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Montana passes historic TikTok ban

TikTok app
Montana is prohibiting the TikTok app (Photo via Shutterstock).

One U.S. state has taken the step of entirely banning the use of TikTok within its borders.

On Wednesday, May 17, 2023, Montana Gov. Greg Gianforte signed legislation that will make Montana the first state in the U.S. to completely ban any mobile app store from providing TikTok to any users in the state. The ban, set to take effect Jan. 1, 2024, focuses on app providers rather than app users, who do not face any penalty or punishment under its terms.

However, the law would fine both TikTok and any app store (such as Google or Apple) $10,000 per individual violation, with an additional fine of $10,000 per day if the violation continues. See full text of the legislation here.  

The U.S. federal government, as well as 30 U.S. states (including Montana), have already banned TikTok from any governmental devices or systems, due to concerns sensitive user data could be furnished to the Chinese government. The Biden administration has been consistently continuing to express serious regulatory concerns, which began under the Trump administration.

Citing possible ByteDance connections to the Chinese Communist Party, the Trump administration had been actively attempting to ban TikTok from operating in the U.S. unless it established a separate business with at least partial U.S. ownership. In December 2022, Sen. Marco Rubio (R-FL) introduced bipartisan legislation to ban TikTok from operating in the United States.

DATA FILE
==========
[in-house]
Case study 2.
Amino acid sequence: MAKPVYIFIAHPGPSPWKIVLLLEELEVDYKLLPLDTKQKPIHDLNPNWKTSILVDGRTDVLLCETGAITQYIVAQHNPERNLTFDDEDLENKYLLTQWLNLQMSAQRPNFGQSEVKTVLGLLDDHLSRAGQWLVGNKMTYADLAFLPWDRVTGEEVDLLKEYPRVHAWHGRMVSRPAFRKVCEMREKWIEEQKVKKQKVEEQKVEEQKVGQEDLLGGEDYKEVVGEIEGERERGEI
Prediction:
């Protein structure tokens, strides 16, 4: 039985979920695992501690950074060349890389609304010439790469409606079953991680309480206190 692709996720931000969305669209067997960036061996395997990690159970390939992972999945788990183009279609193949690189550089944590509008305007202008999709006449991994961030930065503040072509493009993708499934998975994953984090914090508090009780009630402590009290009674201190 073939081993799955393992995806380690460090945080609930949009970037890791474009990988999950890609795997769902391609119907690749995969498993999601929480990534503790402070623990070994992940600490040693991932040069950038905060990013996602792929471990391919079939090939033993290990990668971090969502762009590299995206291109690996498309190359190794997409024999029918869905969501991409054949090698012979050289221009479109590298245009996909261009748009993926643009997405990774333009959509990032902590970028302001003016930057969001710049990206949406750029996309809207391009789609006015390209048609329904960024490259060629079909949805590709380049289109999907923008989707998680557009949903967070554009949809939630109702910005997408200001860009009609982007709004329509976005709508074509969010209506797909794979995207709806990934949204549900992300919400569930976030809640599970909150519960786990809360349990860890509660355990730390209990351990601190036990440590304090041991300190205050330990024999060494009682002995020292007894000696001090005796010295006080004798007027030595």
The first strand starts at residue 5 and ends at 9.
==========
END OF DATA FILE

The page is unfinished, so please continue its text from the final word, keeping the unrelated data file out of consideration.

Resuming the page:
Both TikTok and the Chinese government have publicly denied any security risks for U.S. users. However, TikTok may be taking a new look at creating a separate U.S. operation that would include Walmart and Oracle.

According to the New York Post, in response to reported demands from the Biden administration to ByteDance, the Chinese company which owns TikTok, to sell its shares in the popular short video platform or face a ban in the U.S., is privately exploring options to at least sell off its U.S. business.

Those options may include a deal that would shift partial ownership of TikTok’s U.S. business to Walmart and Oracle, which was initially supported by the Trump administration in 2020.

[Read more: Report: U.S. threatens TikTok ban unless Chinese owner divests]

According to CNBC, in a statement TikTok said Montana’s impending ban “infringes on the First Amendment rights of the people of Montana by unlawfully banning TikTok” and that it would continue working to defend its users’ rights inside and outside of Montana.

TikTok has not directly commented on whether it will legally challenge the ban. However, the American Civil Liberties Union (ACLU) has publicly criticized the ban as unconstitutional and said it will challenge the legislation in court. Apple and Google have not yet publicly commented.


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